Lewis Hamilton powered from 14th on the grid to a 66th career victory, and back into the lead of the FIA Formula 1 Drivers’ Championship standings, as Sebastian Vettel crashed out of a dramatic, rain-hit German Grand Prix.
Hamilton had climbed from 14th on the grid to fifth place by the midpoint of the race but with Vettel holding a solid lead after starting from pole position it looked the Briton’s best hope would be to minimise damage in the title race.
However, rain then began to fall. With the shower expected to be brief, the leaders stayed on slick tyres but on lap 52, in worsening conditions, Vettel lost control and slid into the barriers and out of the race.
Hamilton inherited the leader under the resultant safety car and despite the threat of rain in the closing stages the Mercedes driver powered to his fourth win of the season ahead of team-mate Valtteri Bottas and Ferrari’s Kimi Räikkönen.
At the start Vettel made a slower getaway than Bottas but the German took up a good defensive position into the first corner and held his lead. Behind them Max Verstappen attacked Räikkönen, but again, the Ferrari driver held his never and third place as the field swept across the line to begin the second lap. Further back Renault’s Nico Hulkenberg passed Haas’ Romain Grosjean to steal sixth place.
Hamilton, meanwhile, was beginning to charge and by lap six he was up to tenth place and into the points. That became P8 by the start of lap nine as he worked his way past Renault’s Carlos Sainz and the Haas of Romain Grosjean who was struggling with his rear tyres.
At the back Red Bull’s Daniel Ricciardo, the only man to start on medium tyres, was also scything his way through the pack and by lap 11 the Australian had climbed to 13th place. He now sat half a second off Fernando Alonso’s McLaren.
Hamilton’s drive forward continued, and after 14 laps he was in fifth place. Räikkönen then made his first stop, taking on soft tyres. The Finn emerged in fourth place, directly ahead of the Mercedes man. Räikkönen was in control, however, and within a few laps he had pulled out a 3.5s gap over the Briton.
At the front, Vettel was controlling the race perfectly and on lap 19 the home favourite was 4.6s ahead of Bottas with Verstappen a further 5.8s back.
Hamilton was now locked in fourth place behind Räikkönen. Ricciardo, however, was still on the move and by lap 20 he was up to 10th place having powered past Alonso and Sauber’s Charles Leclerc.
Vettel made his first stop from the lead on lap 25 and took on soft tyres. He re-joined the action in fourth place, just ahead of Hamilton, who had yet to make his pit stop. There was no threat though and Hamilton, on 27 lap-old starting softs, could not keep pace with the German and he had soon eked out a 3.0s gap to the Mercedes driver.
On lap 28 Ricciardo, who had enjoyed a productive run to sixth place suddenly as he went through Turns 9 and 10. “Losing power, something’s wrong,” he said before pulling over and stopping at Turn 11.
Verstappen then pitted to take on soft tyres and after 31 laps the order had Räikkönen in the lead, 1.3s clear of Vettel with Hamilton, who had yet to stop, in third ahead of team-mate Valtteri Bottas. Verstappen was fifth ahead of Magnussen, Hulkenberg and Grosjean, with Force India’s Sergio now ninth ahead of Sainz.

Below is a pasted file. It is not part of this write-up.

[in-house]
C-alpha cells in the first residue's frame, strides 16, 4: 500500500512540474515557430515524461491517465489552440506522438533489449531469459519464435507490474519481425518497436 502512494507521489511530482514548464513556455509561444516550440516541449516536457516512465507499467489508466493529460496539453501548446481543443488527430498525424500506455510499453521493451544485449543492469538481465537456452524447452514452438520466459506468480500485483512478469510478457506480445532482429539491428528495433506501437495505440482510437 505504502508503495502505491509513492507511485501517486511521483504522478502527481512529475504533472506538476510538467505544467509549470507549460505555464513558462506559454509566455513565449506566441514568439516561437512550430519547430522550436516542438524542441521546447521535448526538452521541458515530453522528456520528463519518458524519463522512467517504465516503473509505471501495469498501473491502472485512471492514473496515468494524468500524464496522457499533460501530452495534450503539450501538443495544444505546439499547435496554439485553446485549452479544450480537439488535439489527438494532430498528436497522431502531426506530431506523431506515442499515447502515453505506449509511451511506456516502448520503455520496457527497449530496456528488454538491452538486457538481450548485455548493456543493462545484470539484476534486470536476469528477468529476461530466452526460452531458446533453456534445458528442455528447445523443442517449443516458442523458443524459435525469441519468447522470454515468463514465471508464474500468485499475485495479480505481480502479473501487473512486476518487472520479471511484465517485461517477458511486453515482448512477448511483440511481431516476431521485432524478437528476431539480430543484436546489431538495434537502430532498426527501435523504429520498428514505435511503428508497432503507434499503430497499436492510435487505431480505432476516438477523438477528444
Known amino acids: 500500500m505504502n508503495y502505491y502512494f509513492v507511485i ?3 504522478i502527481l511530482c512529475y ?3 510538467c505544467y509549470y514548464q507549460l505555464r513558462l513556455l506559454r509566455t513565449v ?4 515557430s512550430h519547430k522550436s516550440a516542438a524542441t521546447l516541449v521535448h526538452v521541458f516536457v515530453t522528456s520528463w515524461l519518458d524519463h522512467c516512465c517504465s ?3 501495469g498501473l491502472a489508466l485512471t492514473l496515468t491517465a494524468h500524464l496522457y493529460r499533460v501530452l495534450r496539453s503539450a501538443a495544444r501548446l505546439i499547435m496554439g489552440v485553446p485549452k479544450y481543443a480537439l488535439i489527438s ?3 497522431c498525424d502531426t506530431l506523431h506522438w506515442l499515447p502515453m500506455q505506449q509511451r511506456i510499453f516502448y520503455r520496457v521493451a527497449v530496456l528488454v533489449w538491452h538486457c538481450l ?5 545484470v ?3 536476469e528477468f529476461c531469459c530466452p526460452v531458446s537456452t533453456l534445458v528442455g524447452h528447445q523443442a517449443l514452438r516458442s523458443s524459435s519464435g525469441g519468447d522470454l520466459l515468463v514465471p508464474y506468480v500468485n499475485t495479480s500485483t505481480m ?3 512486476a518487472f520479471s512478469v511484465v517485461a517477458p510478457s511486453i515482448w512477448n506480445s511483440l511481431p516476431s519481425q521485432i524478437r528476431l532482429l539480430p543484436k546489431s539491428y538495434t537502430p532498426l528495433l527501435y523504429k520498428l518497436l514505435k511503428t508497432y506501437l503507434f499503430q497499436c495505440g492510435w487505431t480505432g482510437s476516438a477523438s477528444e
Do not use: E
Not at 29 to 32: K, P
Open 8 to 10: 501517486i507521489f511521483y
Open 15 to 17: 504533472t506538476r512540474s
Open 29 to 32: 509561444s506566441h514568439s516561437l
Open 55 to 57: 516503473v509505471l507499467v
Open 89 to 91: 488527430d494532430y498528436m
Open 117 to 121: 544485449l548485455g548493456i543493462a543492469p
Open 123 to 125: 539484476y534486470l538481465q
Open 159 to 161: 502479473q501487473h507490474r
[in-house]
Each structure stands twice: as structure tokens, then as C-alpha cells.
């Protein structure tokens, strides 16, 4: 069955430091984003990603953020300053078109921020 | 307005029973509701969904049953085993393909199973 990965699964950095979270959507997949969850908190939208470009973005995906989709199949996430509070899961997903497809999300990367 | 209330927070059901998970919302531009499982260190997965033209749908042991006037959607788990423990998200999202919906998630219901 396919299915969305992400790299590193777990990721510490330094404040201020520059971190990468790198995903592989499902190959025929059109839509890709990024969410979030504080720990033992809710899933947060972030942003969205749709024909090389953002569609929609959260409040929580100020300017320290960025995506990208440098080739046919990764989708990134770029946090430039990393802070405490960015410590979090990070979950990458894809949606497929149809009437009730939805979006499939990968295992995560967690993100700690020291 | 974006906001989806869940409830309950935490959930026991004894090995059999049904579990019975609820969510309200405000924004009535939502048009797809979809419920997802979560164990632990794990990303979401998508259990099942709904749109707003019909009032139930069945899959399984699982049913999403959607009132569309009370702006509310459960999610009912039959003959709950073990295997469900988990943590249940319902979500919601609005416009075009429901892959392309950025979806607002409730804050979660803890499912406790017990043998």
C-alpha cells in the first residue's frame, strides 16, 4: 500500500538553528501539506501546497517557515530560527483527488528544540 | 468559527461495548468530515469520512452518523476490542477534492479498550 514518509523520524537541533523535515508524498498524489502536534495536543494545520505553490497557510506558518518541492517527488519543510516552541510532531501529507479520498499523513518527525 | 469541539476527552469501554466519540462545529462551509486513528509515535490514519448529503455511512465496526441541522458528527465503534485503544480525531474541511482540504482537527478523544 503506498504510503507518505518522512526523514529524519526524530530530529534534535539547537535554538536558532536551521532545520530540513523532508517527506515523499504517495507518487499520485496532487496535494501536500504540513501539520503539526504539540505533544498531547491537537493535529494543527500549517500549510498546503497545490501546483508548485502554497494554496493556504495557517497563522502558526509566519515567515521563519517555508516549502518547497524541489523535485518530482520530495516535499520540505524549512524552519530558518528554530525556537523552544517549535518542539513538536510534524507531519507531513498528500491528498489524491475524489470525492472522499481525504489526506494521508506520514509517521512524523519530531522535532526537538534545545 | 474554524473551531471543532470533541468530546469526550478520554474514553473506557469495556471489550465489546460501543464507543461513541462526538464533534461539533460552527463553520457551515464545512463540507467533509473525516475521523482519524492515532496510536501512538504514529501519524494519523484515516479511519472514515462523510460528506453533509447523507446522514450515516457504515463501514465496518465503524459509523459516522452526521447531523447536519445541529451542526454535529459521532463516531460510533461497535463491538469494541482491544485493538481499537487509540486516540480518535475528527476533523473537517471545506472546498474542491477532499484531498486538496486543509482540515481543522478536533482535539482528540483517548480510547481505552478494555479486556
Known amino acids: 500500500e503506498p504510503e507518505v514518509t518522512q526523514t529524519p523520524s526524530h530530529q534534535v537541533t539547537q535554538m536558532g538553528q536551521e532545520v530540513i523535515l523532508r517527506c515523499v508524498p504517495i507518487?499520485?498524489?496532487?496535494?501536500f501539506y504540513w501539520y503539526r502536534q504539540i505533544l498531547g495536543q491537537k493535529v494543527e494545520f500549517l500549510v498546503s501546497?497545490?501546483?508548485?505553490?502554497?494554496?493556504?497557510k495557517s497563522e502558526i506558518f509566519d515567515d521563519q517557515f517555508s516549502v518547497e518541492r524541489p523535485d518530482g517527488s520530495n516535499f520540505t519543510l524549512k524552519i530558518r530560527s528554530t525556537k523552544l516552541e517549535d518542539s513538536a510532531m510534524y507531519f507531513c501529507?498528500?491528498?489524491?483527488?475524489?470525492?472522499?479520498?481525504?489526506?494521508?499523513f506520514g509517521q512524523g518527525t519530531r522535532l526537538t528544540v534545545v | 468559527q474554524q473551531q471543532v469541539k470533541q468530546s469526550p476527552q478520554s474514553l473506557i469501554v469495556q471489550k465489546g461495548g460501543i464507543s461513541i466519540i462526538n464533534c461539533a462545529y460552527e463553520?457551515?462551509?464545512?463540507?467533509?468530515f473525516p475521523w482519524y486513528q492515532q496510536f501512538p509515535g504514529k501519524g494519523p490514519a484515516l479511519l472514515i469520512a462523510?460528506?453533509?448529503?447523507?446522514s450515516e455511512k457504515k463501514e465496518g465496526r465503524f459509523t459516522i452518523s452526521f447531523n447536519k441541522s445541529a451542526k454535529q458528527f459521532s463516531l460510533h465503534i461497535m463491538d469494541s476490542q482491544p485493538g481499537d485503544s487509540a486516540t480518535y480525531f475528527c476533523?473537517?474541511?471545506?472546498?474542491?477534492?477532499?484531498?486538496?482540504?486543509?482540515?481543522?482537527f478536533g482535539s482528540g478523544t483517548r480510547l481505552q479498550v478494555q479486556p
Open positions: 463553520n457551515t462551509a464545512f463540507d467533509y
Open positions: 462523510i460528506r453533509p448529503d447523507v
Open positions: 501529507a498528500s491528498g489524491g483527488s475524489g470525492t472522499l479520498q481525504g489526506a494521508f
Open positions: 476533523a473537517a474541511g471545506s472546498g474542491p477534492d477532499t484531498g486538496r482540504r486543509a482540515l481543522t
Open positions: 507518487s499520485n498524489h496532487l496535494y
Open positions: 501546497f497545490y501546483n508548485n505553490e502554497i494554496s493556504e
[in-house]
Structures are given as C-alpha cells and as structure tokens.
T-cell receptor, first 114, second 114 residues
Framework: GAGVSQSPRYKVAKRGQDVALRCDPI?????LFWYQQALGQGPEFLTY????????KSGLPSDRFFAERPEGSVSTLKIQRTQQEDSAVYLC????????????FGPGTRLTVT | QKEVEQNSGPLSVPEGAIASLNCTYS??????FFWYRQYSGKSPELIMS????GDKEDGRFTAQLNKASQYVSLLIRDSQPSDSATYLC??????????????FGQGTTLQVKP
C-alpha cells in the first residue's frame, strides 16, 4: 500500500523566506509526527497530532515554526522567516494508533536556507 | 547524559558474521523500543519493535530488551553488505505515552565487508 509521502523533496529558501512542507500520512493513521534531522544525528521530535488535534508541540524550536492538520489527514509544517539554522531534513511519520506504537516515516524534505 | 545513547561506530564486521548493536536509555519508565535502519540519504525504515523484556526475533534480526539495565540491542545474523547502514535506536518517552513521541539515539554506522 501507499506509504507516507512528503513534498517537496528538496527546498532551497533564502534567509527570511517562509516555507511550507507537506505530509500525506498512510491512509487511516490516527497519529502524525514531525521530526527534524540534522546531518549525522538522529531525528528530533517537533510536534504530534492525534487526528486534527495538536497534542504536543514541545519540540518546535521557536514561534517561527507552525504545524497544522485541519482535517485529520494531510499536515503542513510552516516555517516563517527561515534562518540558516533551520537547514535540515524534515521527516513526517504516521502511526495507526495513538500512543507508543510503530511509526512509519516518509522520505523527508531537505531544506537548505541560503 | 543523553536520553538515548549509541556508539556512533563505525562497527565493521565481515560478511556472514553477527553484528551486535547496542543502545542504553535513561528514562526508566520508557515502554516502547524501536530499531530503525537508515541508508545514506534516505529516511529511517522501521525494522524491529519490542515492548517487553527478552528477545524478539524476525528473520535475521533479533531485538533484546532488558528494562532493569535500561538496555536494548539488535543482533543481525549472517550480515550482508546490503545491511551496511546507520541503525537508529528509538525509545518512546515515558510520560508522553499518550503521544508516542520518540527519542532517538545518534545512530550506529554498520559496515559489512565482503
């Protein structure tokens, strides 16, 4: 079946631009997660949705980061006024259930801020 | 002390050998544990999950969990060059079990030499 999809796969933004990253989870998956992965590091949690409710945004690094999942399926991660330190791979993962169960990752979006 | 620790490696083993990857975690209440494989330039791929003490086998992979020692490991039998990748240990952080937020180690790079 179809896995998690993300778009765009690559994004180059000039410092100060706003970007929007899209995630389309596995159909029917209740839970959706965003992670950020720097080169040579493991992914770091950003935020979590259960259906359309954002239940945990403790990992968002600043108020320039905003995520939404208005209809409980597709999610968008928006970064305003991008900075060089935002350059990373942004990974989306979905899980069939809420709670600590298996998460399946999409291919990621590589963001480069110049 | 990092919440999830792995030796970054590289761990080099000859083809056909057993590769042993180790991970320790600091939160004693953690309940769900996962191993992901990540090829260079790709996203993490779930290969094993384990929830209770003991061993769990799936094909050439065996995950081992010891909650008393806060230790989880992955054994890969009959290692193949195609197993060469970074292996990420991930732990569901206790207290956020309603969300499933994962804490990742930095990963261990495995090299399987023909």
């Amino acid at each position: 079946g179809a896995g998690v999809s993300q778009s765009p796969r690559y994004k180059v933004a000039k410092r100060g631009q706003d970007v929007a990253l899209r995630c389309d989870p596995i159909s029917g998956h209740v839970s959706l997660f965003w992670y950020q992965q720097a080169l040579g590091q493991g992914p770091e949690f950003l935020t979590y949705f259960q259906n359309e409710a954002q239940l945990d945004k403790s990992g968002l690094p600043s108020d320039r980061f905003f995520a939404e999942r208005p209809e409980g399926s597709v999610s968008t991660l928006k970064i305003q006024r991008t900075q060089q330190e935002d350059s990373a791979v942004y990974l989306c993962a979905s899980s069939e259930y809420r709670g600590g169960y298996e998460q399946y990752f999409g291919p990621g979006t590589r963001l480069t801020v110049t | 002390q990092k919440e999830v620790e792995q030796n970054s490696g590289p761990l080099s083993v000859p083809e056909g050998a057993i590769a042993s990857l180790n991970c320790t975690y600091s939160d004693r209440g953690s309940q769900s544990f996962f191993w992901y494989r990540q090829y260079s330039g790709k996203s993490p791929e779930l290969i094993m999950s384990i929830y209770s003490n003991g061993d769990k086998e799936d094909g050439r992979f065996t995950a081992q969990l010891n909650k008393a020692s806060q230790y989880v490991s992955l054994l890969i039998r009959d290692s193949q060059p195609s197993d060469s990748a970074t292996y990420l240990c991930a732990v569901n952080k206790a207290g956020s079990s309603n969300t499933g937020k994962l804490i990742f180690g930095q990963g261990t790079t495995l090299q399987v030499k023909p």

Vettel soon began to complain that Räikkönen was holding him up and that he was not only losing time but also destroying his tyres. After a lengthy conversation with Ferrari chief engineer Jock Clear the Fin moved aside and Vettel resumed in the lead.
Hamilton made his pit stop on lap 42 and took on ultrasoft tyres for his final stint, hoping that added performance would allow him to close on the leaders.
The race then took a hugely dramatic turn as rain began to fall at the hairpin. It grew in intensity but with forecasts predicting a rapid end to the shower the leaders chose to stay on slick tyres – and it cost Vettel dearly.
The German lost control in the stadium section and slid off track and into the barriers. What had seemed like a comfortable march to a sizeable points lead over Hamilton had gone disastrously wrong.
The SC was immediately deployed and under the caution, Mercedes pitted Bottas. The crew weren’t ready, however, and the Finn was left sitting on his marks for almost 16 seconds as the team found a set of ultrasofts for him.
Räikkönen, too, pitted and like Bottas he fitted a new set of ultrasoft tyres for a final blast, if conditions allowed.
The SC left the track at the end of lap 57 and despite a strong attack from his team-mate Hamilton held the lead ahead of Bottas and Räikkönen. Bottas was then told to hold position and 10 laps later Hamilton crossed the line to take his 66th career win ahead of his team-mate and Räikkönen. Verstappen then took fourth place ahead of Hulkenberg, Grosjean, Perez and Ocon. Sauber’s Marcus Ericsson was ninth and the final point went to Toro Rosso’s Brendon Hartley.
2018 German Grand Prix – Race
1 Lewis Hamilton Mercedes
2 Valtteri Bottas Mercedes 4.535
3 Kimi Raikkonen Ferrari 6.732
4 Max Verstappen Red Bull Racing 7.654
5 Nico Hulkenberg Renault 26.609
6 Romain Grosjean Haas 28.871
7 Sergio Perez Force India 30.556
8 Esteban Ocon Force India 31.750
9 Marcus Ericsson Sauber 32.362
10 Brendon Hartley Toro Rosso 34.197
11 Kevin Magnussen Haas 34.919
12 Carlos Sainz Renault 43.069
13 Stoffel Vandoorne McLaren 46.617
14 Pierre Gasly Toro Rosso 1 lap
15 Charles Leclerc Sauber 1 lap
16 Fernando Alonso McLaren 1 lap
17 Lance Stroll Williams 14 laps
18 Sebastian Vettel Ferrari 16 laps
19 Sergey Sirotkin Williams 16 laps
20 Daniel Ricciardo Red Bull Racing 40 laps